All I have now is poetry

In another universe
we will meet
when the cooling light of stars will not cancel out each other.

For now,
I let this poem float,
its words swimming around you in circles.

Stand still,
and the letters would tell you stories in ripples,
even if they have to sink after they’ve spoken.

In another universe
we will have walked away,
and will still meet at the other end of the loop.
I will be a new book
and you will have discovered newer sounds in your poetry.
And we will laugh
for having had to walk away
to find ourselves again,
in a place
where the light bounces off our faces
at angles such that
you and I are a reflection
of the other.

All I have now is poetry.


Keeper Of Storms


You stand still,
caging whirlpools within yourself,
holding them together under the envelope of your skin.

There might be storms raging within,
Your insides rearranging themselves,
Chaos shifting from one form to another,
and yet,
you stand still.

You stand still,
like a monolith,
like a monument of calm.

And us outsiders,
we look at you with awe,
wondering how you hold all of it inside,
letting nothing spill out of the box
where air and water collide,
and yet stay hinged to their walls.

We envy you too,
you are perfect.
Even with all the churning, the straining,
you haven’t lost your sheen,
you don’t have scars to block the light.
You don’t have a crack,
no drop of the turmoil
drips through your walls.

The vortex inside spins like clockwork,
neither slacking nor stepping up the pace.
I know this must stop,
physics won’t let you stay in this perpetual unrest.
But then,
I have been here for so long I have lost track of time.
There are others too,
all of us waiting for the moment you will break,
and shards of water will fly out in a spectacle.

But hang on.
We have been so lost being an audience,
so lost looking for splinters and fractures,
so lost looking for a kink or bump,
so lost looking for a place the sunlight breaks you down,
so lost..
we’ve forgotten we are keepers of storms ourselves.

What if?

Noticed a lot of the poems – some of  mine too – I read these days has activist tones. This goes out to several poets, myself included.

I wonder how poetry would thrive
if the spikes of suffering,
of sadness
had been flattened out.

How many would write about
the magic in an orange moon
as it floated above the horizon?
How many would talk about strings of smiles drawn over streets?
How many would talk about tongues fumbling for the right words on a first date,
the sounds that seemed awkward but came out just right?

Would poetry miss the chaos
of brushstrokes ambushing each other
and creating thunderstorms?
What would fuel it when there are no fires to be put out,
when there are no worries wrapped around constellations,
no anger jumping over borders,
no words speared from one class
into the ribs of another,
no cliffs waiting to be jumped off,
no wars to be ended, or started,
about who would annex whom and for what,
and no floods to rise above?

You, my poet,
what would you write
when knives have been blunted,
when fires have been transformed into flowers
with stalks that spell peace in all languages,
when streams of blood have been replaced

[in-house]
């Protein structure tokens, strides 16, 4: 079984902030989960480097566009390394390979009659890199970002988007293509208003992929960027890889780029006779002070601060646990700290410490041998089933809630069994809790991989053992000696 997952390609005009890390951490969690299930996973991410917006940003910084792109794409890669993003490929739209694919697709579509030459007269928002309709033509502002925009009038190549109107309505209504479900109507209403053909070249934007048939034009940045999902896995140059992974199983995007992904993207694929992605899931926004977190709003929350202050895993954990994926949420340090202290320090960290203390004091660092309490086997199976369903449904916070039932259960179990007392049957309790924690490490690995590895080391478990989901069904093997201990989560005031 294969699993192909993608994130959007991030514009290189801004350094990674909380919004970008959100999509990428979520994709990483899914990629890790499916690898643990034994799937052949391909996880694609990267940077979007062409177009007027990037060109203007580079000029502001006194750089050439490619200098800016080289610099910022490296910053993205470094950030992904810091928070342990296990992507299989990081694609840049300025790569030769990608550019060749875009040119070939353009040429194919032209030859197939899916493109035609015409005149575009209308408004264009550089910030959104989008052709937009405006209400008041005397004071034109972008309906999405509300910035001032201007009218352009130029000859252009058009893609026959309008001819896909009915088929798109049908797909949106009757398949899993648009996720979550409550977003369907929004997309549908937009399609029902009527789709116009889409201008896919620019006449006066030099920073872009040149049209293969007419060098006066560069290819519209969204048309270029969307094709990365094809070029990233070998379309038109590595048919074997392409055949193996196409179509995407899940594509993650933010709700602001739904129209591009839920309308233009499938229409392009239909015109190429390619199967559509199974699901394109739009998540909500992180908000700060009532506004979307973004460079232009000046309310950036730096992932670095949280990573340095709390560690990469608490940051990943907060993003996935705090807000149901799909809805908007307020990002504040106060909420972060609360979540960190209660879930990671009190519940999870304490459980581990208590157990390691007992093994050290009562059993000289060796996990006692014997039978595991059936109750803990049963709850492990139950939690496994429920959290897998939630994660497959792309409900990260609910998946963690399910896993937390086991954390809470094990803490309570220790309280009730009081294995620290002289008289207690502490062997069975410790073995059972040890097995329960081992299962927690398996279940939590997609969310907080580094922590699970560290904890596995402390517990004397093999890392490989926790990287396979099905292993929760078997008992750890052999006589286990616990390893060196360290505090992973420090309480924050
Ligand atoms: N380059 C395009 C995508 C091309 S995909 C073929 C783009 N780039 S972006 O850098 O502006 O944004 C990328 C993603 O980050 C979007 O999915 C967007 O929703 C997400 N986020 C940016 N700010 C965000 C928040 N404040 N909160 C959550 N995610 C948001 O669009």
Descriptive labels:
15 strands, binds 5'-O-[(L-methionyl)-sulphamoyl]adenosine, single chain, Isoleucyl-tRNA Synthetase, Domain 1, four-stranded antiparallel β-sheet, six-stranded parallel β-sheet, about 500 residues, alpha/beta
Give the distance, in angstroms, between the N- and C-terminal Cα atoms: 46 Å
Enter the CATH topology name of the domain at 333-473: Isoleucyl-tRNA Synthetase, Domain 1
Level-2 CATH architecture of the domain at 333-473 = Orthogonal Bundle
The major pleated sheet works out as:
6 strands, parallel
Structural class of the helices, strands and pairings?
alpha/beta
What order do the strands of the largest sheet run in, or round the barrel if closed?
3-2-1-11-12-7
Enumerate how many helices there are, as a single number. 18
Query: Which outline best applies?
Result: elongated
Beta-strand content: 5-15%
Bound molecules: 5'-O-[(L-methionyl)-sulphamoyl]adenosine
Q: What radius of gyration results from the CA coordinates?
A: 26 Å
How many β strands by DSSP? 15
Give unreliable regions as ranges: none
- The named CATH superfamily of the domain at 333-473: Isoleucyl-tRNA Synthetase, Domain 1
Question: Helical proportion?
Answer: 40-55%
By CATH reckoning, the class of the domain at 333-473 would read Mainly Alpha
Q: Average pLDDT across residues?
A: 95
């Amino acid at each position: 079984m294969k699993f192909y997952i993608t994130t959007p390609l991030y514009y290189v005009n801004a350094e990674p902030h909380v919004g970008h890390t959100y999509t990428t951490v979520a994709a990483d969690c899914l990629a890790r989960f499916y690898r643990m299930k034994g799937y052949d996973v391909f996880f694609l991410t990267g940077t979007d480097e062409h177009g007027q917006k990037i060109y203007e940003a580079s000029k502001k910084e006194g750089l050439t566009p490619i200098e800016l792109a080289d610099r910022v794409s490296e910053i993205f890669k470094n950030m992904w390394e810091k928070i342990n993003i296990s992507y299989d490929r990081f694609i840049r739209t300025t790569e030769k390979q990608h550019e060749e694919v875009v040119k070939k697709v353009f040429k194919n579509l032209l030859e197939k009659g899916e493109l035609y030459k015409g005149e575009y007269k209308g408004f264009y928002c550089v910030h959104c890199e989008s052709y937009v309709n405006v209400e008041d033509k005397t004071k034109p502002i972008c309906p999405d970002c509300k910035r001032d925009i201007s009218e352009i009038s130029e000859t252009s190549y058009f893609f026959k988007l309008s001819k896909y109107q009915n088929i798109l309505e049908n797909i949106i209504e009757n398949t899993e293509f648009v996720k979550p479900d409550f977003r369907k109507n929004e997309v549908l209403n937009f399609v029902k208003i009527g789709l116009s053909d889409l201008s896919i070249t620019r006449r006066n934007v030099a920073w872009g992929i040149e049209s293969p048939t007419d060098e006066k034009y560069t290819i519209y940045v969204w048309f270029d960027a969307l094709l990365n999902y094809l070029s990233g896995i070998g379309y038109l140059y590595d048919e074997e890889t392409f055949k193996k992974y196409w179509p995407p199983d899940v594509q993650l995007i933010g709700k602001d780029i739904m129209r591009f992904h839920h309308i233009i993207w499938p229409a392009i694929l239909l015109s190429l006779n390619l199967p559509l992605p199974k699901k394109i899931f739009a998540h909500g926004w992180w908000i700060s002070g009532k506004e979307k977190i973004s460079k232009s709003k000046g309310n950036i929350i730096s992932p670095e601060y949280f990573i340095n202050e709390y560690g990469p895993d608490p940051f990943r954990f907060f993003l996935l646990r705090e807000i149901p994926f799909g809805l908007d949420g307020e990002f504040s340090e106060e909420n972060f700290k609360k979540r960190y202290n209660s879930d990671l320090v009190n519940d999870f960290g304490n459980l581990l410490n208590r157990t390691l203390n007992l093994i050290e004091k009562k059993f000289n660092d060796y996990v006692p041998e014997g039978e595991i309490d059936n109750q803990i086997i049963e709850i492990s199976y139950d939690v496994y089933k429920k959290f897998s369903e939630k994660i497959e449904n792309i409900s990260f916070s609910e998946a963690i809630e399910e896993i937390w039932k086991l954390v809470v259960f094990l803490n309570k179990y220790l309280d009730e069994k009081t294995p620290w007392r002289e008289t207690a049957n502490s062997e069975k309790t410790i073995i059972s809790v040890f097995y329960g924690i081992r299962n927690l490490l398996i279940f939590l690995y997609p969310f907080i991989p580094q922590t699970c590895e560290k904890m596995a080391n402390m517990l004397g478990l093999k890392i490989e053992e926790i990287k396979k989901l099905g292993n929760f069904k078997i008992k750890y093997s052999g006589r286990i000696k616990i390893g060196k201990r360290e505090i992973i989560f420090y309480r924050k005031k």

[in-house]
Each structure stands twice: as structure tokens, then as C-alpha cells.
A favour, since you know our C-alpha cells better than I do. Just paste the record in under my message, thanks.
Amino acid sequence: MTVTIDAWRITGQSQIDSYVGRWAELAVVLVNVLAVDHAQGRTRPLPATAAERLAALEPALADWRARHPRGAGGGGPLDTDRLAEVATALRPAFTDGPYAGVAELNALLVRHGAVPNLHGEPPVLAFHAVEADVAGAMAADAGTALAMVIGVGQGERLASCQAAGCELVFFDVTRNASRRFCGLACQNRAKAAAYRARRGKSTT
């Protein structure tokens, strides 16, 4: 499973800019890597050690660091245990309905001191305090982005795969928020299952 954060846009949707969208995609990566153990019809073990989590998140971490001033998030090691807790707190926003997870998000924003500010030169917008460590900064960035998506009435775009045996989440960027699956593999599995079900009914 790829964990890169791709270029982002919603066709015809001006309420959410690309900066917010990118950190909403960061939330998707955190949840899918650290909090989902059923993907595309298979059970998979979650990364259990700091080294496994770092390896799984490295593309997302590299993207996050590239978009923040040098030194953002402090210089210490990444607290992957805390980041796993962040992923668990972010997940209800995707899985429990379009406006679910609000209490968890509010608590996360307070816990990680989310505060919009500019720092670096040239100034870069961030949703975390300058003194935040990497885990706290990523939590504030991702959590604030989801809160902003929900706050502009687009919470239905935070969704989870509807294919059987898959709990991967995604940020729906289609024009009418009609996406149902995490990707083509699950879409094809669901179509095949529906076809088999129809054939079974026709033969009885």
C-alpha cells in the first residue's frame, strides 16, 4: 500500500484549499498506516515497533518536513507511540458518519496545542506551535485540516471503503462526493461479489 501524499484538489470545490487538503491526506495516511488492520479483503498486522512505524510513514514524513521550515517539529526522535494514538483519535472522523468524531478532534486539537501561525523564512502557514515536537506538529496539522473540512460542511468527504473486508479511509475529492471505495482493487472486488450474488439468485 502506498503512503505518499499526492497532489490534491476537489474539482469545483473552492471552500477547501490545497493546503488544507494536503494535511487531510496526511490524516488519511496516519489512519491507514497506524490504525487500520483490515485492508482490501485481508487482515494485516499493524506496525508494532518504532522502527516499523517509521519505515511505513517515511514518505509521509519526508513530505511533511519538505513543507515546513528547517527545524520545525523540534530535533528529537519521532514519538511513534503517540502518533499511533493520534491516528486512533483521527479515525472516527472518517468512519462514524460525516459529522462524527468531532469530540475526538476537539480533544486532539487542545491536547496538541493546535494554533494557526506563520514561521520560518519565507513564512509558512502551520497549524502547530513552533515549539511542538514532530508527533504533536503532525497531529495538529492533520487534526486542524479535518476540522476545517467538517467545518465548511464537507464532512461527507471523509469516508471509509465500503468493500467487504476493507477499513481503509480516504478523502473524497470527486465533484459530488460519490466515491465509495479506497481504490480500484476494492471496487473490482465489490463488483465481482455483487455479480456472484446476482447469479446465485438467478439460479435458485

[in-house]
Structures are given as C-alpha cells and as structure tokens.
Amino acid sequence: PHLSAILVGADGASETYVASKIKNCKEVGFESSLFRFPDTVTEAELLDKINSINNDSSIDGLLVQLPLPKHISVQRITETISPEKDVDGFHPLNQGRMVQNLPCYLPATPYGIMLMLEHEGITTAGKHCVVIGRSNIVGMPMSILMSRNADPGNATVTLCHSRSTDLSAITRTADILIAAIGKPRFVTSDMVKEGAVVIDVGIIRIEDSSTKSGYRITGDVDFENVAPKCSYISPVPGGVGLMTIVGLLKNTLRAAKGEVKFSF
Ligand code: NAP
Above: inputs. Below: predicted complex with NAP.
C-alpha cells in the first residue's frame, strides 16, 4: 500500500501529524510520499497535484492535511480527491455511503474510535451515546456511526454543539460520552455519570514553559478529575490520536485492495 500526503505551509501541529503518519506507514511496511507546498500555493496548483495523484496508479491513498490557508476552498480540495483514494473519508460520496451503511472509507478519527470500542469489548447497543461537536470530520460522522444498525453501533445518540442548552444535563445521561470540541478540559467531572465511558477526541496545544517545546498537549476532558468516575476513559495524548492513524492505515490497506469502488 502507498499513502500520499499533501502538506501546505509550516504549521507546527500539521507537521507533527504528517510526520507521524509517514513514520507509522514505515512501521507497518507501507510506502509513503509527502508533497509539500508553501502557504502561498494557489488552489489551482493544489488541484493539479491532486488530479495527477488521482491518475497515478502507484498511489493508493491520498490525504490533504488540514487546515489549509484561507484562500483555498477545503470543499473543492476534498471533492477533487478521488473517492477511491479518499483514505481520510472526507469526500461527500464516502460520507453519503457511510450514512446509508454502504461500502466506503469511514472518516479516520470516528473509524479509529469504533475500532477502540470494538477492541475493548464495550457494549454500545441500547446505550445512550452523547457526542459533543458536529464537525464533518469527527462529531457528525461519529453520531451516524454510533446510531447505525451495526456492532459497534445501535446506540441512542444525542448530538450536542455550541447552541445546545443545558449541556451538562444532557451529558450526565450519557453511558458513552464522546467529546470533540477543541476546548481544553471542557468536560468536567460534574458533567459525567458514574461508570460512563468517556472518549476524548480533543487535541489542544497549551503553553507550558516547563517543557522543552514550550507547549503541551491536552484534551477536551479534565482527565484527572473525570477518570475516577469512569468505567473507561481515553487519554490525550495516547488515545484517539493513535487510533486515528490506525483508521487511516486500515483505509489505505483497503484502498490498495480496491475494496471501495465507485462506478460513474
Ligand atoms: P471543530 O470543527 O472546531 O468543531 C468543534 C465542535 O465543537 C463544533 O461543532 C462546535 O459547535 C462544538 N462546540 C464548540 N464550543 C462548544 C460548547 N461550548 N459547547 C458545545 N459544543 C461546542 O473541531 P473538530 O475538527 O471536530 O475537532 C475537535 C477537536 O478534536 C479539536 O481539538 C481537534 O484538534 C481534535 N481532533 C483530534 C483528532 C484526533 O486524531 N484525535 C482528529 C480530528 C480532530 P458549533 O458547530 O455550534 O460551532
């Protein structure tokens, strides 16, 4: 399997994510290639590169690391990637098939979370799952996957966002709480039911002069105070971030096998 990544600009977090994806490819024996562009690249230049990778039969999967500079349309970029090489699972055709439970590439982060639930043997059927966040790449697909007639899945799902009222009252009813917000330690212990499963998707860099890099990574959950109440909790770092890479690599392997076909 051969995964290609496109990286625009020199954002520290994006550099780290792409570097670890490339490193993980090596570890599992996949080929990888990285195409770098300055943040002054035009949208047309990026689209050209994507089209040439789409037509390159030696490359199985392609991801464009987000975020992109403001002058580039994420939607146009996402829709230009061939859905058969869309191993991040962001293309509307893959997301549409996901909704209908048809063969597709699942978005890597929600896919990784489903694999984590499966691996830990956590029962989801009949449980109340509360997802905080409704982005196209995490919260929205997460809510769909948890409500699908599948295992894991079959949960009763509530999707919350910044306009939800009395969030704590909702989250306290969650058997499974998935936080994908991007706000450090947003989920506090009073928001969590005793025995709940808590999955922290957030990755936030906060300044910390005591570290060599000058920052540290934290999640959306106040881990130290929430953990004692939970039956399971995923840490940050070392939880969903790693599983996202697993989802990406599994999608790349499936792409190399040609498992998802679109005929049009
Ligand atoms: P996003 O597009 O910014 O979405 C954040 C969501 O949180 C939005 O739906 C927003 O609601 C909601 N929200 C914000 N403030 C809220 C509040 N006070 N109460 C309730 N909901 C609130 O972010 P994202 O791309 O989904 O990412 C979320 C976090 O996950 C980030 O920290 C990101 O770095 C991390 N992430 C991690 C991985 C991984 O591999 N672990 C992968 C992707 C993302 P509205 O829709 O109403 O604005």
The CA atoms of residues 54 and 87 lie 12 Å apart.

by rivers of stars,
when we are all a billion continents
with no oceans to separate us,
when the sky stretches so thin
the space between humans and gods
is less than a hair’s breadth?

My friend, my poet,
what would you write about
if the earth’s pulse
became a steady flatline?

NaPoWriMo 2017, Poem 24


I come from a city
where you don’t have to work too hard to break a sweat.
Okay, jokes aside,
I come from
a city where,
depending on how you look at it,
hope is flattened when metal wheels clang on railroads,
stepped on, smashed by armies of sweat
or zips forward aboard the train
feeling the wind flying across its face,
snaking its way across corners of the city.
I come from streets
that elbow each other out
and create a grid
which in cramped cells
nestles ambition,
greed, and fear.
If you flip those cells over,
you might find
resilience scurrying back to its hiding place,
wounded but not dead,
blood oozing from the scratches on its back.
I come from the black grey dripping from clouds
and making its way through the city,
turning dull brown while it tries and fails
to drown suburbs.
I come from a city
where the bird’s eye view
might make people look like tadpoles,
a city whose schematic would resemble an atom with hyperactive electrons.
I come
from people
who look like unwinding clocks,
from people
who move like water being forced into unbounded columns
from people
who know their hearts will one day resonate with the sea.

NaPoWrimo 2017, Poem 9



I can make a list of animals that can’t fly.
and me.

Do you know what we can do?
Rats can scurry through holes not big enough for fingers to sneak through.
A caterpillar waltzes its way in and out of a cocoon, opening the door for a butterfly.
Elephants, those giants wouldn’t fly if they had a thousand wings,
but man, there’s something about the sight of the giant beast,
a calm even while it strolls near the river.
Snakes can deliver enough venom in one bite
to make the blue of the sky seem pale.

And I?
I can write you a poem,
and wait till it takes effect
and you fall in love with it.

100 Days of Happy Poems, Poem 10